Software company 1E raised eyebrows in 2016 when it released a report warning that businesses have wasted a collective $28 billion in the U.S. alone as a result of unused software purchases and subscriptions. At the time, 1E estimated that 38 percent of software procurement is a total waste.
The latest analysis suggested that not much has improved, with data from Zylo — released in September — estimating 37 percent of Software-as-a-Service (SaaS) spend to be categorized as waste, while spend on software is on the rise across all sectors. These statistics may reflect an overall positive trend in the software space: It is now easier than ever for businesses to buy software solutions, thanks to the consumerization of the market.
However, according to Ryan Bonnici, chief marketing officer at enterprise software rating platform G2 Crowd, what an enterprise actually needs from a software provider is far more complex than the needs of a consumer.
"We've all bought software we've regretted," he recently told PYMNTS. The problem is, for companies, the stakes can be much higher. "The act of buying software, in its own right, is something that is scary. It's a lot of money, and people's jobs are on the line if they do a bad job."
Procuring a software subscription that goes unused — or setting up automatic subscription payments that go unnoticed — certainly creates a problem for businesses of all sizes in the form much wasted spend. A deeper dig into the challenges of B2B software procurement, though, reveals a multilayered challenge for companies struggling with a lack of spend visibility, project management, data integration and beyond.
Take, for example, a large company with multiple teams. One team may be using Management Software A, while another team may be using Management Software B, despite both providing the same service like project or expense management. Even more challenging, Bonnici explained, is when a department may be using the free version of Software A, while another department has upgraded to a premium version of that same software.
"A lot of times, leadership and financial teams lack financial visibility on who is spending what on what, because it comes in as an expense on a credit card," he said.
Currently, G2 Crowd's spend management services are limited: The company allows its business users to search for software solutions based on their own budgets and the cost of that solution. However, G2 Crowd recently announced a $55 million Series C funding round from IVP, Accel and Emergence Capital, a funding boost that Bonnici said will largely be used to build out the platform's spend management capabilities.
For one, he said, G2 Crowd is only a few weeks away from being able to integrate with companies' existing spend management platforms so that those businesses can gain more visibility into all the software tools they're using, and how much they're spending. There is opportunity here for companies to bundle their services for a discount, and for software vendors to add more users from a single corporate customer into their platforms — and, therefore, enhance the stickiness of the product.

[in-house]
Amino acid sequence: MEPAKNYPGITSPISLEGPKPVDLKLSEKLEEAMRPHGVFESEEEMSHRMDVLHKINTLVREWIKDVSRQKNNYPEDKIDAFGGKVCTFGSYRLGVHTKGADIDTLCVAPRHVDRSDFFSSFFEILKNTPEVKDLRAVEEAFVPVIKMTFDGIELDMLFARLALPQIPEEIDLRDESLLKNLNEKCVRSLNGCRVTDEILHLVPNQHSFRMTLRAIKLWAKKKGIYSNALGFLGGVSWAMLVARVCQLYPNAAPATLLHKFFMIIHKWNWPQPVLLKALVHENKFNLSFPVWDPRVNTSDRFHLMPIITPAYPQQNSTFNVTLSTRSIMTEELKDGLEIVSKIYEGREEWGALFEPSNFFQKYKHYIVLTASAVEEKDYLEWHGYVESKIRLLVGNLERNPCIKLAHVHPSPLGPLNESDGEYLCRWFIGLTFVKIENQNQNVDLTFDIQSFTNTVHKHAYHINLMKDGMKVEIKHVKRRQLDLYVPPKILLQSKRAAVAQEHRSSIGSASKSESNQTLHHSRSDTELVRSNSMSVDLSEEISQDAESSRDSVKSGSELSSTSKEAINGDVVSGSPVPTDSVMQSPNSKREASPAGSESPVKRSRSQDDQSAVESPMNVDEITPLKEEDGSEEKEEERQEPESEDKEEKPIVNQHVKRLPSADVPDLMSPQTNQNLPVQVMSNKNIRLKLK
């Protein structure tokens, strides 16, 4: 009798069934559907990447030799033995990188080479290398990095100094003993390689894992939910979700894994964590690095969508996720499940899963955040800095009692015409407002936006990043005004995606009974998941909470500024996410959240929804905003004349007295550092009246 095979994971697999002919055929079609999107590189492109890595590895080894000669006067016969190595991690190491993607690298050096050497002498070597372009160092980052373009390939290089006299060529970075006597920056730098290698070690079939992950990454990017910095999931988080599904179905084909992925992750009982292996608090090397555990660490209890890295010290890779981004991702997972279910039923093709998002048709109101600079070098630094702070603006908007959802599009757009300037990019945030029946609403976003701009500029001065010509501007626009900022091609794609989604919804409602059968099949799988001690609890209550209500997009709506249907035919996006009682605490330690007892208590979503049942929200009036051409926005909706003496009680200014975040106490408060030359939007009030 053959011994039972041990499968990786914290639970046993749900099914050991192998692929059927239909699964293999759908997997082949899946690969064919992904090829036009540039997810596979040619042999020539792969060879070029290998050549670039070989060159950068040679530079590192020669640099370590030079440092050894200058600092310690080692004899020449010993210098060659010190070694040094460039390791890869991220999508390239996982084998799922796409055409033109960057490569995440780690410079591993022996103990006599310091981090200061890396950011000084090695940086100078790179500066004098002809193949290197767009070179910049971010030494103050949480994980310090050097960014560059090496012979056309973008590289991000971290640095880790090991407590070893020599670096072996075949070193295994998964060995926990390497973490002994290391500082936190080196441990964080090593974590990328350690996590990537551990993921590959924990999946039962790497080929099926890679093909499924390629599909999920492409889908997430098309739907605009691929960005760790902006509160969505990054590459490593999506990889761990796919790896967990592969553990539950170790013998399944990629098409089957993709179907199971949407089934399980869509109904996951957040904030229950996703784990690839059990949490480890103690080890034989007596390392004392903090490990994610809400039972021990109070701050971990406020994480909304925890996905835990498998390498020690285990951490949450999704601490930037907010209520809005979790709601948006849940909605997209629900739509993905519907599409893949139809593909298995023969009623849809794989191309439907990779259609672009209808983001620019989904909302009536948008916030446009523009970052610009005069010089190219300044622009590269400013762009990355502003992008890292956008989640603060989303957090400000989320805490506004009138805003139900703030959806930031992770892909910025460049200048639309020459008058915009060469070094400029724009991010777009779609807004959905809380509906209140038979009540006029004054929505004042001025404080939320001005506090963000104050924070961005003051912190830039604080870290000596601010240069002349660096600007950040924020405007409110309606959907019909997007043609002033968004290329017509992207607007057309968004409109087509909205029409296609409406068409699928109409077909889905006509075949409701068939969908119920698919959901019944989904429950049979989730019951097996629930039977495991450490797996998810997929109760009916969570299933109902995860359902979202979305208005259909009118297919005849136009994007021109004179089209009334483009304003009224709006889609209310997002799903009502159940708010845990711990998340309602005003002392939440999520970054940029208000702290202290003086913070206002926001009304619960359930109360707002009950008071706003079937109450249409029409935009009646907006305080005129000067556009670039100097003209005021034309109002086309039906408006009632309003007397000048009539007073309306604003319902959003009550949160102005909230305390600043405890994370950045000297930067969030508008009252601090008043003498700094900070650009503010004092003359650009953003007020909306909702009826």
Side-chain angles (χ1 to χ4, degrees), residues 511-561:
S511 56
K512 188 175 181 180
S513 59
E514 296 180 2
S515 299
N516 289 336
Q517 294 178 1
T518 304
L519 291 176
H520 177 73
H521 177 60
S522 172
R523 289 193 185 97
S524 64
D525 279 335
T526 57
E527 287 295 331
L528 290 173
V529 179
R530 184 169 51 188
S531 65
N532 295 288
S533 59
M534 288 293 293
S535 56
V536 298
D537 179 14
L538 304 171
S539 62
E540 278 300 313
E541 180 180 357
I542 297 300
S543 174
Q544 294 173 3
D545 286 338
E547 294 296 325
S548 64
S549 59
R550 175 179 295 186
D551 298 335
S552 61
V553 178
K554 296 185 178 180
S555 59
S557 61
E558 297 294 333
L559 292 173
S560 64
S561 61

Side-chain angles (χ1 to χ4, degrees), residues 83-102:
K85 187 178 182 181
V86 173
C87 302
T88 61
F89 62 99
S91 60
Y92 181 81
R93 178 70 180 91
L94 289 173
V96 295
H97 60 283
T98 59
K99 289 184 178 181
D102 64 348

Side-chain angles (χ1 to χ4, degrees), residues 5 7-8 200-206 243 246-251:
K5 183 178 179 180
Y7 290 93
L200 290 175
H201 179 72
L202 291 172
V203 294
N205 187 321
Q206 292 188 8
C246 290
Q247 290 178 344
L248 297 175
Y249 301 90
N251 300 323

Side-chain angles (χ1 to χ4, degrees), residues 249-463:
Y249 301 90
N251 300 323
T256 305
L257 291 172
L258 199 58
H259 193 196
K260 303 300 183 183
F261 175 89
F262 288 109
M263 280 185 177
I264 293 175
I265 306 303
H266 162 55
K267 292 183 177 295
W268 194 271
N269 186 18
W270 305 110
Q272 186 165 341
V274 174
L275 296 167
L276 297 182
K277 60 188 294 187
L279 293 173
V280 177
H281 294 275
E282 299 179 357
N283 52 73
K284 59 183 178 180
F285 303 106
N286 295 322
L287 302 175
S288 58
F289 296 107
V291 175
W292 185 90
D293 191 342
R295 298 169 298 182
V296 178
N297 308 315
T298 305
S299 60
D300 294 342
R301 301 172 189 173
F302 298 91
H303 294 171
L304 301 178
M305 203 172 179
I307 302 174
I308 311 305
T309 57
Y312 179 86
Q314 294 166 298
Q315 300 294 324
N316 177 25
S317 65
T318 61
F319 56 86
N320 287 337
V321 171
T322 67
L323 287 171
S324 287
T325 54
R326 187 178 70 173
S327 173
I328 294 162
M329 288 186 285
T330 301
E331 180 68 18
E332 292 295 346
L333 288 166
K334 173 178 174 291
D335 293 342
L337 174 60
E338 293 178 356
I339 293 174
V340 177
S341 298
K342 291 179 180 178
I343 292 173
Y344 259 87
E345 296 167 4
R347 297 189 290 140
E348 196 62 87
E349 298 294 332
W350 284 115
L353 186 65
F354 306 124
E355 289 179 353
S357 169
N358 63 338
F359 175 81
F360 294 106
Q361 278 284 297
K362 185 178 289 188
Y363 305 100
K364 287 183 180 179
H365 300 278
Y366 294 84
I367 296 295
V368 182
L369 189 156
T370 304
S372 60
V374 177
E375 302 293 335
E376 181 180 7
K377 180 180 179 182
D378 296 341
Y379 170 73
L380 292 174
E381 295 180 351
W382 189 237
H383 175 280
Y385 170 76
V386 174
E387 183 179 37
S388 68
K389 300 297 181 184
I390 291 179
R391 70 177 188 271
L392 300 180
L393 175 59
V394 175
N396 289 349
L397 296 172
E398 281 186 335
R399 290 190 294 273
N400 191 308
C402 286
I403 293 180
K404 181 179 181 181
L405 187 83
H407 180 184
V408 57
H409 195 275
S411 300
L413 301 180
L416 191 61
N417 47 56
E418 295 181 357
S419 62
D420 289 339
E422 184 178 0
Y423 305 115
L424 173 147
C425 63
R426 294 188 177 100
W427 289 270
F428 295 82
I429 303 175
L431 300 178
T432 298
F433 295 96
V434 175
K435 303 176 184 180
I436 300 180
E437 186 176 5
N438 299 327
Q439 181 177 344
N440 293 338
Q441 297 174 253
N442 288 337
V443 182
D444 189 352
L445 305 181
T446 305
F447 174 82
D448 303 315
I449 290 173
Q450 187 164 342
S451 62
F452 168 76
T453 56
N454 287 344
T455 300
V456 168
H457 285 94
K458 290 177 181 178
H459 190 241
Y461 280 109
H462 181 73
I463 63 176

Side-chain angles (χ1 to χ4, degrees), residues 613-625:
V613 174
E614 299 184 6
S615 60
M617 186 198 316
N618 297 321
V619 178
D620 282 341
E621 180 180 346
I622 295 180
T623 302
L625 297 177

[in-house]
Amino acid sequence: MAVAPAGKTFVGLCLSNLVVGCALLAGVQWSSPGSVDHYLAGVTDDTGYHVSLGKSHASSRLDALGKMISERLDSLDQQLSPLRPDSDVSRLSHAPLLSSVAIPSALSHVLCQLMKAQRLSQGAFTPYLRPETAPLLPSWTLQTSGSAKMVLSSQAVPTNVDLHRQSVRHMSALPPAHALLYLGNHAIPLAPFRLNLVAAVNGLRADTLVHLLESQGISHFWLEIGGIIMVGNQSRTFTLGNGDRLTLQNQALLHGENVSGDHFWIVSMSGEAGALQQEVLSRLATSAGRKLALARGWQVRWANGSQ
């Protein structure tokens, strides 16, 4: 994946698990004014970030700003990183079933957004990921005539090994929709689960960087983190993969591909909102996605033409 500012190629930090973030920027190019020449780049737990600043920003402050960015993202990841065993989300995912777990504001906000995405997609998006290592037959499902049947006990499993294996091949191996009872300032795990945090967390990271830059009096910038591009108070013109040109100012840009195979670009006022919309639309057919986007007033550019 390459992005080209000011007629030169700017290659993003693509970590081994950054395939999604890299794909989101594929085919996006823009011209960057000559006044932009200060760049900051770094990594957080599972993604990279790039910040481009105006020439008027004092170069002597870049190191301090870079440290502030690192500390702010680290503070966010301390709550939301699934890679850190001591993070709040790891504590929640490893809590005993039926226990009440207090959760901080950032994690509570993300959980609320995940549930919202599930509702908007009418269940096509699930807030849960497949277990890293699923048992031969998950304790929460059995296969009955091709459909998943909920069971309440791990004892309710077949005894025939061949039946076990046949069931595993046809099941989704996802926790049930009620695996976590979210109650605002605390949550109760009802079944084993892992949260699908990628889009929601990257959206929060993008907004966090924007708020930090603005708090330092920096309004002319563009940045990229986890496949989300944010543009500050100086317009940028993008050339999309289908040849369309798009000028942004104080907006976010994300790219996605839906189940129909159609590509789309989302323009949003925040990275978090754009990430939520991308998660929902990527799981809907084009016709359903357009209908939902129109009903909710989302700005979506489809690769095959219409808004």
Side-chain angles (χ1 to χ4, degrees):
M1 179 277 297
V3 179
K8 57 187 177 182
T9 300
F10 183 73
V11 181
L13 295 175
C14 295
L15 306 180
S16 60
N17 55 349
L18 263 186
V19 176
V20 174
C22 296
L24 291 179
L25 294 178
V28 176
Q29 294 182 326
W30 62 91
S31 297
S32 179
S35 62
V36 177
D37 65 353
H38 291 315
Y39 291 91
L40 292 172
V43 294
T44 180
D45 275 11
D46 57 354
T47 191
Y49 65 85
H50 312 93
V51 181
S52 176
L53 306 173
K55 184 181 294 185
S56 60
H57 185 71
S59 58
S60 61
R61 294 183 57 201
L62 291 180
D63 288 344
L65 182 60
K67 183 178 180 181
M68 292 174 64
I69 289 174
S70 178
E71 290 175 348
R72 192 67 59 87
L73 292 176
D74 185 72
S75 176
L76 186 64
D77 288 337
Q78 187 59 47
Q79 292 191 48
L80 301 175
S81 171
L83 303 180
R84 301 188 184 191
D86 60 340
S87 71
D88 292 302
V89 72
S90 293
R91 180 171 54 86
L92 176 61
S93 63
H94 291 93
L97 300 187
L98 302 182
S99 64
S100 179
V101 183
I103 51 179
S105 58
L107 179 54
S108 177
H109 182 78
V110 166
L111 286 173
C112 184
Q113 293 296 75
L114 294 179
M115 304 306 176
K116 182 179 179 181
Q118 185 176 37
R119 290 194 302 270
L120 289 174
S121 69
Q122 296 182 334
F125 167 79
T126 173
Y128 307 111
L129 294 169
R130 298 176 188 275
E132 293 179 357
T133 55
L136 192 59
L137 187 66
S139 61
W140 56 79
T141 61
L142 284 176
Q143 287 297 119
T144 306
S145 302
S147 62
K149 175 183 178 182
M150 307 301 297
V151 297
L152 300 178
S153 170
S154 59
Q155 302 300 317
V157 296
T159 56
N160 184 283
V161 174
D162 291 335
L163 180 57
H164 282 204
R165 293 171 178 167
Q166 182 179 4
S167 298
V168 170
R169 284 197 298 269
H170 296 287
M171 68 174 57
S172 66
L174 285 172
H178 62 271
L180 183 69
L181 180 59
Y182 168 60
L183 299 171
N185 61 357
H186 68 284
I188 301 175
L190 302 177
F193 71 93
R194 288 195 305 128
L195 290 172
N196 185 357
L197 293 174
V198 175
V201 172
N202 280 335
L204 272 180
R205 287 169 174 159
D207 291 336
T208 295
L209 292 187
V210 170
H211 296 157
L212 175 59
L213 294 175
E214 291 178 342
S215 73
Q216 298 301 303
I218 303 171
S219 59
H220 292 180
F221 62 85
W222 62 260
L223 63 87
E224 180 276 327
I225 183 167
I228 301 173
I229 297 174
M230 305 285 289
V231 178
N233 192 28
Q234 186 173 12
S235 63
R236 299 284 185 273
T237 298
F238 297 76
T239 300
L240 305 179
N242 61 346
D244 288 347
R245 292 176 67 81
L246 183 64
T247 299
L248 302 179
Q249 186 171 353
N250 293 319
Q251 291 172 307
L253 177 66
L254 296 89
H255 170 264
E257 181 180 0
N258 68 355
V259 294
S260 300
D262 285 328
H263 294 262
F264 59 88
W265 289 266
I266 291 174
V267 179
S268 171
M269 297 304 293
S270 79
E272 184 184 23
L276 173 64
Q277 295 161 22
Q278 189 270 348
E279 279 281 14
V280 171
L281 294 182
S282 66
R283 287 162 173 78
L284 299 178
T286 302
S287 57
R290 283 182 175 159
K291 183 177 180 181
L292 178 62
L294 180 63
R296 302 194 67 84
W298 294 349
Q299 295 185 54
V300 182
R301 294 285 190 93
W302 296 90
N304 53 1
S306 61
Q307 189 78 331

The funding will also be used to develop a way for companies to transact on the G2 Crowd platform, a functionality Bonnici said clients have been asking for as of late. It's another residual effect of the B2B software procurement consumerization, he noted, particularly as companies may start off with the free version of a software tool, then upgrade to the paid version as the business expands and needs more sophisticated tools.
"The business model of 'freemium' software has really pushed the consumerization of business software forward," he said. "What we're finding is that buyers come to us and want to buy software, but they don't want to have to speak to a sales rep at that company."
The actual procure-to-pay process for software can take weeks, or even months, so being able to purchase that software once G2 Crowd's algorithms have recommended a product will accelerate the process. For software vendors, this cuts down on lead generation and customer acquisition costs, too, Bonnici added.
As G2 Crowd begins to further develop the payments and spend management side of its platform, the company will be looking more closely at corporate software procurement and usage habits. Bonnici said the company is likely to deploy credit card acceptance capabilities, particularly for small businesses that tend to buy software with their cards, but will examine other possible payment options, too.
The firm is also looking to roll out an insurance product, allowing companies that have purchased procurement software recommended by G2 Crowd, but ultimately find it unsatisfactory, to switch to a different provider — again part of the effort to cut back on wasted spend and unused products. That's because as challenging and expensive as software can be for companies, businesses cannot afford to not take advantage of the SaaS boom as part of their overall digitization efforts.
"Maybe five or 10 years ago, it was an advantage if you were a company that moved quickly — you got an app, you moved to the cloud, you allowed for ePayments," said Bonnici. "Today, unfortunately, that's the bare minimum. It's a critical thing today to not mess up."